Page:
An Arizona superintendent’s “racist” comments, including the statement that white people are “problematic,” have led state lawmakers to call for his resignation.
Sen. John Kavanagh, R-District 23, Rep. Joseph Chaplik, R-District 23, and Rep. Alexander Kolodin, R-District 3, sent an open letter to the Scottsdale Unified School District (SUSD) governing board on Feb. 1, calling for Superintendent Scott Menzel to be removed from the board and relieved of his duties immediately.
— Arizona House Republicans (@AZHouseGOP) February 1, 2023
The letter comes just after a 2019 interview was uncovered by Fox News Digital, showing Menzel talking about implementing an Equity, Inclusion, and Social Justice initiative in Michigan, where he used to work.
Menzel claimed the ideals of meritocracy are a lie, being white is “problematic,” and white people should feel “really, really uncomfortable.”
“There’s a misperception that educational equity is really only for ethnically and racially diverse districts. But white people have racial identity as well, and in fact problematic racial identity that we typically avoid,” Menzel said in the interview.
“White people need to feel comfortable,” he added, “and quite frankly we shouldn’t feel comfortable. We should feel really, really uncomfortable, because we perpetuate a system by ignoring the realities in front of us, and living in a mythological reality.”
Menzel also claimed because he is “advantaged,” he has the “burden and obligation” to dismantle the system on behalf of those who don’t benefit from it.
According to letter calling for his resignation, Menzel was hired in Arizona to foster a culture of mutual respect between parents, students, and teachers, but his “racist words prove he is incapable of doing that job.”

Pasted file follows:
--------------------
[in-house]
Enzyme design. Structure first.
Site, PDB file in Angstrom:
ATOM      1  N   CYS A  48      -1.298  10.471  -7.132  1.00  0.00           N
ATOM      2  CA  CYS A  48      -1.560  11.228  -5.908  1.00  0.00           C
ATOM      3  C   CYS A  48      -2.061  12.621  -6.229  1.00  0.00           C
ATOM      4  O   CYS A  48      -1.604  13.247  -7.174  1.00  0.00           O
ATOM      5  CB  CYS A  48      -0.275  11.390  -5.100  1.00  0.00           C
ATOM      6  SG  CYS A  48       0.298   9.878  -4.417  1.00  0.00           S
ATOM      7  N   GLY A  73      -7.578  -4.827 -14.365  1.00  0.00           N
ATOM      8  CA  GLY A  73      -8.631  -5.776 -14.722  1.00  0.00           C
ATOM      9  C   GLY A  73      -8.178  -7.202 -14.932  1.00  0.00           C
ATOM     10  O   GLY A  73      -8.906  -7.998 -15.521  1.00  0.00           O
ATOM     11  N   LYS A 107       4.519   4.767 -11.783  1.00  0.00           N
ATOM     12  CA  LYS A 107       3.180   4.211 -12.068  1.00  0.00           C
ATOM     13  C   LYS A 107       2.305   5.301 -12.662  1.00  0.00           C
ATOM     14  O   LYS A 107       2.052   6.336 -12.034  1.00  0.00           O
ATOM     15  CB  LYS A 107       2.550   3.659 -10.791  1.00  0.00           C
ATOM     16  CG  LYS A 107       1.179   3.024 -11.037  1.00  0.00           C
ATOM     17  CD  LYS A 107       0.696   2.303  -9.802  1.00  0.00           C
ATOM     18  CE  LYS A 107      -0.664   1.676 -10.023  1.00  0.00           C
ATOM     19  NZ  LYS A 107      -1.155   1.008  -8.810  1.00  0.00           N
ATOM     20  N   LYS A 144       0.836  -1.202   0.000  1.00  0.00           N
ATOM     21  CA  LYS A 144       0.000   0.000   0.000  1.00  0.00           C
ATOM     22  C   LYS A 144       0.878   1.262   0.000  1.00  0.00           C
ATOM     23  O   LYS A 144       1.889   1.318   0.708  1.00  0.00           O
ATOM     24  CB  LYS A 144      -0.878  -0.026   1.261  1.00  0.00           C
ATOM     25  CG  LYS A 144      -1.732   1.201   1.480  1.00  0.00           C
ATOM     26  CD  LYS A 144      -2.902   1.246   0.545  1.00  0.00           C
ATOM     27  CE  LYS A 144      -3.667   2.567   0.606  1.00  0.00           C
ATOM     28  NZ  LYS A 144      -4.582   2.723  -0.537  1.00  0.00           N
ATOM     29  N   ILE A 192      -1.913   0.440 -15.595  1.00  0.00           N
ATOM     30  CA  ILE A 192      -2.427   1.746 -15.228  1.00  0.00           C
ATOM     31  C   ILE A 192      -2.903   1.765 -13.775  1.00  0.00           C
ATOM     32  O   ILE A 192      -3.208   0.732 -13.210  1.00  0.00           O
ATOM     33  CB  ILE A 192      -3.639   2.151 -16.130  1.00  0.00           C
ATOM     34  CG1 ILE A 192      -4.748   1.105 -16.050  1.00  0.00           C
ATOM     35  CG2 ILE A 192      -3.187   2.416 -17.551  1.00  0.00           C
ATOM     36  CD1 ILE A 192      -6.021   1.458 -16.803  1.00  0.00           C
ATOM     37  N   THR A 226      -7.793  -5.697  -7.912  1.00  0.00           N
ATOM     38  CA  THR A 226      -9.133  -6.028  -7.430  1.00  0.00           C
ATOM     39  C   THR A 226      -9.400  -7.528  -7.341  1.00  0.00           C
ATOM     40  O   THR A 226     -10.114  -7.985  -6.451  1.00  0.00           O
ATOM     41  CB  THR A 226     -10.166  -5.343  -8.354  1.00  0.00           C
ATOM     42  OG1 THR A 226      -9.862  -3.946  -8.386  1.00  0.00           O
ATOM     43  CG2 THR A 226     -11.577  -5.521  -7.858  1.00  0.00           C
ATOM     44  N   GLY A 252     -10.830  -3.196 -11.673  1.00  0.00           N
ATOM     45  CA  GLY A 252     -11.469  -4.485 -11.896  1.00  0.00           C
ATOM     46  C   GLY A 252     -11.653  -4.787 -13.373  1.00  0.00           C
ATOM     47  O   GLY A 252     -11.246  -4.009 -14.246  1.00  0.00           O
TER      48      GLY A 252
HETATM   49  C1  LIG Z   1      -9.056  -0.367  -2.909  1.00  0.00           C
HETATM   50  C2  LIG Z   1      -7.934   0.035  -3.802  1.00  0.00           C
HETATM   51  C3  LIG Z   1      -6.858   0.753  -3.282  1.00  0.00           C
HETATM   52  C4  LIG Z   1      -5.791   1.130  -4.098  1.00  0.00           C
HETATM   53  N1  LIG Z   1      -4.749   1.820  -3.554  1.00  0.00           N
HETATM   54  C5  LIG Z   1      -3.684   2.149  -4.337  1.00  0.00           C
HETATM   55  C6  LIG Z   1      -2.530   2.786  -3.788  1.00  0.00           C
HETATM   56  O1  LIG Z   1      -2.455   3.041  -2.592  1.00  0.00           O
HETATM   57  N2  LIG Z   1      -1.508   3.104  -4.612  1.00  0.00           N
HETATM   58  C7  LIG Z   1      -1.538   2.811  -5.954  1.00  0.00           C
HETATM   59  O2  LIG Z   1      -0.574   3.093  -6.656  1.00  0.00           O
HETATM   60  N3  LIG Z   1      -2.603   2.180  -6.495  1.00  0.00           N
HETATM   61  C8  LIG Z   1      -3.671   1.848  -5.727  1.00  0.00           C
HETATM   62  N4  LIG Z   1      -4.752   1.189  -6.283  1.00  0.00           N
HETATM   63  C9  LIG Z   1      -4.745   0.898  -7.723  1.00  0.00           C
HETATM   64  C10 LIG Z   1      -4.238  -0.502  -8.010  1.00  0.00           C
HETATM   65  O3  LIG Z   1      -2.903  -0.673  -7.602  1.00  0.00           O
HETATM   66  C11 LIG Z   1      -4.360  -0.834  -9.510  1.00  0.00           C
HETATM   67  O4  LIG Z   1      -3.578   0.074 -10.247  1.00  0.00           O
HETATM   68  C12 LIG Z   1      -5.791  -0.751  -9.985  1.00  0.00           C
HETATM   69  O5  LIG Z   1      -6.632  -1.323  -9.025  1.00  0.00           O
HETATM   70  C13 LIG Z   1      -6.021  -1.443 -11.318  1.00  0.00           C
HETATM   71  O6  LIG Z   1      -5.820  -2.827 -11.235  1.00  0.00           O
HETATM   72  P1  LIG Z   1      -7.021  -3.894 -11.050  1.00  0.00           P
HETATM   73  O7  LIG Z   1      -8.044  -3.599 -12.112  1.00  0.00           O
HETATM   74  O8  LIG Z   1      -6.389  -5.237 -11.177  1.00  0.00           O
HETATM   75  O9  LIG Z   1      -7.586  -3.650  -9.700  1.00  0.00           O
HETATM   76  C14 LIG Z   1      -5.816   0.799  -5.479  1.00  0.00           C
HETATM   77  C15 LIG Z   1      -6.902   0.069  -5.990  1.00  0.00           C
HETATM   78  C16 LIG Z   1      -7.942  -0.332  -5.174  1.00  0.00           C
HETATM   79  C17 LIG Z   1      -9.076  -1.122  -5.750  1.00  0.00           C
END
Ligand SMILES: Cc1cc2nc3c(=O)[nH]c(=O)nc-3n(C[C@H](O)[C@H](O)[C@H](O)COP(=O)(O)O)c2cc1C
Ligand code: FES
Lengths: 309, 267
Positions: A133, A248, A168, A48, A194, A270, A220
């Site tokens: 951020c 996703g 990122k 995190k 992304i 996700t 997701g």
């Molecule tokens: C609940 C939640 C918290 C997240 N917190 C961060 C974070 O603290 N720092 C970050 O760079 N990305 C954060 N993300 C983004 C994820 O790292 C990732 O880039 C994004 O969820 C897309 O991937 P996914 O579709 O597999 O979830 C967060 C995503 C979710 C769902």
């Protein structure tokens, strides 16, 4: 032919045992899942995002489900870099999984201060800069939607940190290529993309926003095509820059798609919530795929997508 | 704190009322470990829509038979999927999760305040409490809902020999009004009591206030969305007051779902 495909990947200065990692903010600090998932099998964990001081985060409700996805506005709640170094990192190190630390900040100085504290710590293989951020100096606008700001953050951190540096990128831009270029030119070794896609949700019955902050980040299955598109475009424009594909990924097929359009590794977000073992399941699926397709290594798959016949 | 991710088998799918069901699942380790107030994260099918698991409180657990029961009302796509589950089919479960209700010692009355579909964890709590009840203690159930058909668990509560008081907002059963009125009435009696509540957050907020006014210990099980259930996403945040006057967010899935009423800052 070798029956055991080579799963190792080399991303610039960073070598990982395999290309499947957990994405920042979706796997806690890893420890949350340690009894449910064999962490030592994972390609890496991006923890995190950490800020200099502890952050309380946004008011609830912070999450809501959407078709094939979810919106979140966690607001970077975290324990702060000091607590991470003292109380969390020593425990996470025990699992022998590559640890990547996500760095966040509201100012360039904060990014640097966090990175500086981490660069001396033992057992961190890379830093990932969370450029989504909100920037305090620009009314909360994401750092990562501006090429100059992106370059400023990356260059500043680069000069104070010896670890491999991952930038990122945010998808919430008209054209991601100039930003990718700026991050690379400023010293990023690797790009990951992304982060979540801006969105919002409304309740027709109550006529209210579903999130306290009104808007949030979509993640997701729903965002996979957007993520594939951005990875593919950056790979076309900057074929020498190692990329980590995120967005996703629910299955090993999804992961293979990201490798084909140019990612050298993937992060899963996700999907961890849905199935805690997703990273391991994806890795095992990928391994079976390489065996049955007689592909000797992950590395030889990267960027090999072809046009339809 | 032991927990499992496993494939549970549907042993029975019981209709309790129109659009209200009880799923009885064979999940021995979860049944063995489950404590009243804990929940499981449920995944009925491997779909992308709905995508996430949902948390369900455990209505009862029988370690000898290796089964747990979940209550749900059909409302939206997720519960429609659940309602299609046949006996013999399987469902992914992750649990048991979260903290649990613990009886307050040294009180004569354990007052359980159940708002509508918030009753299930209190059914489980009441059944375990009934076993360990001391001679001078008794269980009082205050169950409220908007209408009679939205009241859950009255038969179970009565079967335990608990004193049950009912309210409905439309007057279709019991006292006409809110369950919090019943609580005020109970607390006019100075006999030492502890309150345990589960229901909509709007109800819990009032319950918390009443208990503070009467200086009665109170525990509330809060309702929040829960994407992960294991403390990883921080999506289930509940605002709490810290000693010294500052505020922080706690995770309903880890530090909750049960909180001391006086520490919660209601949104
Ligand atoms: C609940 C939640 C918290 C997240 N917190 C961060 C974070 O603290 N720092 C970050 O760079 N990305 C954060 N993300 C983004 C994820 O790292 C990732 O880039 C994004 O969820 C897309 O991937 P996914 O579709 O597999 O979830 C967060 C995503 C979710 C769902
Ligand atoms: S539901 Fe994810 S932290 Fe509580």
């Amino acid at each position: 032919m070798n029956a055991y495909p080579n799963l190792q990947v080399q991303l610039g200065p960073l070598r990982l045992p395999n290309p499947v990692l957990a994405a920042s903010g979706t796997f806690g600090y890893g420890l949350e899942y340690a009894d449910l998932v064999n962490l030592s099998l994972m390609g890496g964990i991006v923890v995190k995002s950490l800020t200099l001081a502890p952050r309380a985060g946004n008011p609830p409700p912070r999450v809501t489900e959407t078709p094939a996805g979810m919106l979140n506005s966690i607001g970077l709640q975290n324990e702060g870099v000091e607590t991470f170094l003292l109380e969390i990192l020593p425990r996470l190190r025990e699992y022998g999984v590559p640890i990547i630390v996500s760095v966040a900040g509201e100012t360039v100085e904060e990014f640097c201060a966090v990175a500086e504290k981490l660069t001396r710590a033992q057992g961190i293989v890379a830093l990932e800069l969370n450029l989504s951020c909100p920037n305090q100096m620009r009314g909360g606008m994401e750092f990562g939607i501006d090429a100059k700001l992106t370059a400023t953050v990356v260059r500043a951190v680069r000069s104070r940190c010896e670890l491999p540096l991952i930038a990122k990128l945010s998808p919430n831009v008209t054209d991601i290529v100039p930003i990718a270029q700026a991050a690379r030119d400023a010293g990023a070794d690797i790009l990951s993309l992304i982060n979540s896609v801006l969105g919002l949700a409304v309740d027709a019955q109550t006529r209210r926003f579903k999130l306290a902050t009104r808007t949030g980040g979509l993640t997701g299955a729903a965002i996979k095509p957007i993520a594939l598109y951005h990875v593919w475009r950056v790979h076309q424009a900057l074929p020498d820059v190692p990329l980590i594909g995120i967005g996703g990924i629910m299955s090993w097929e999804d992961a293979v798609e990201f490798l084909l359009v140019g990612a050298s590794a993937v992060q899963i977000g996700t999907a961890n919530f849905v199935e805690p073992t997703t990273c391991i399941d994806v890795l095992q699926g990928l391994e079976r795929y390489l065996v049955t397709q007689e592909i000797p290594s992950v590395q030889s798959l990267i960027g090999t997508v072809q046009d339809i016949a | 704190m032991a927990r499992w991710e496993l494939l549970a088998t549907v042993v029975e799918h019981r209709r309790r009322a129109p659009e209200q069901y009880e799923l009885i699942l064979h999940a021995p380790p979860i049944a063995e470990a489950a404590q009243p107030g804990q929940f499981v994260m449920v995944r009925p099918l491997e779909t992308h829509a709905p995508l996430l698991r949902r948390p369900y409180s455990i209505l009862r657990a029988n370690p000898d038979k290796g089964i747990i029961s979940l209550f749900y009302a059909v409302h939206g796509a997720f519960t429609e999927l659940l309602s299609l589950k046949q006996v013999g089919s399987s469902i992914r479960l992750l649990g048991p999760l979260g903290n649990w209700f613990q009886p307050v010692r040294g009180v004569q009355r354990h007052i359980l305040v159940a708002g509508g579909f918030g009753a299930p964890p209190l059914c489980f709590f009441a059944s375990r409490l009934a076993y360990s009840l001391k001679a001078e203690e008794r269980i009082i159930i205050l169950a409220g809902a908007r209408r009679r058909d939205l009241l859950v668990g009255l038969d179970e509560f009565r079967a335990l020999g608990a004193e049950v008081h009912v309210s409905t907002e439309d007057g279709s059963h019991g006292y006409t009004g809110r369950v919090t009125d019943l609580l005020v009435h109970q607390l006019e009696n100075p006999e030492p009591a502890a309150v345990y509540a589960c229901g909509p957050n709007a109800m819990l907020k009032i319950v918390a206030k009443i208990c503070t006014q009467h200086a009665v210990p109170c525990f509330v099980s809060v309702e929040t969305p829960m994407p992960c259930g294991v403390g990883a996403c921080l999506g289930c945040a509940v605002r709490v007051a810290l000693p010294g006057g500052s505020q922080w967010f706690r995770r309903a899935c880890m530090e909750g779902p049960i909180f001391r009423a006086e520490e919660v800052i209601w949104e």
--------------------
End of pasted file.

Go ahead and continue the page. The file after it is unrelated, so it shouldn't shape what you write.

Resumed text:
Another section of the letter reads:
“Martin Luther King Jr. said, ‘I have a dream that my four little children will one day live in a nation where they will not be judged by the color of their skin but by the content of their character.’ These are values Scottsdale families want our city to live by. Menzel, however, chose to do the exact opposite and judge students, parents, and teachers by the color of their skin. This is unacceptable. And it is problematic that Menzel is still in this position leading a large school district.”
Menzel told the Scottsdale Progress that he was “surprised” the interview made headlines. “The interview from 2019 that served as the basis of their report wasn’t new and it wasn’t ‘news.’” He also denied ever saying that white people are problematic.
While the comments occurred during Menzel’s 9-year tenure in Michigan, they “remain in line with his current beliefs, based on local reporting on his performance in the district over the last two years,” the AZ Free News reports.
“Menzel resigning is the only way to bring a quick resolution to this controversy. And if Menzel does not have the decency to resign, we are calling on the SUSD board to terminate his employment with cause for the district,” wrote the lawmakers.
“The tone of a school is set by its leadership and Superintendent Menzel cannot lead a district when he thinks white people and meritocracy are problems. His race views are insulting and divisive and his disdain for merit will poison young minds,” Kavanagh told the Arizona Daily Independent.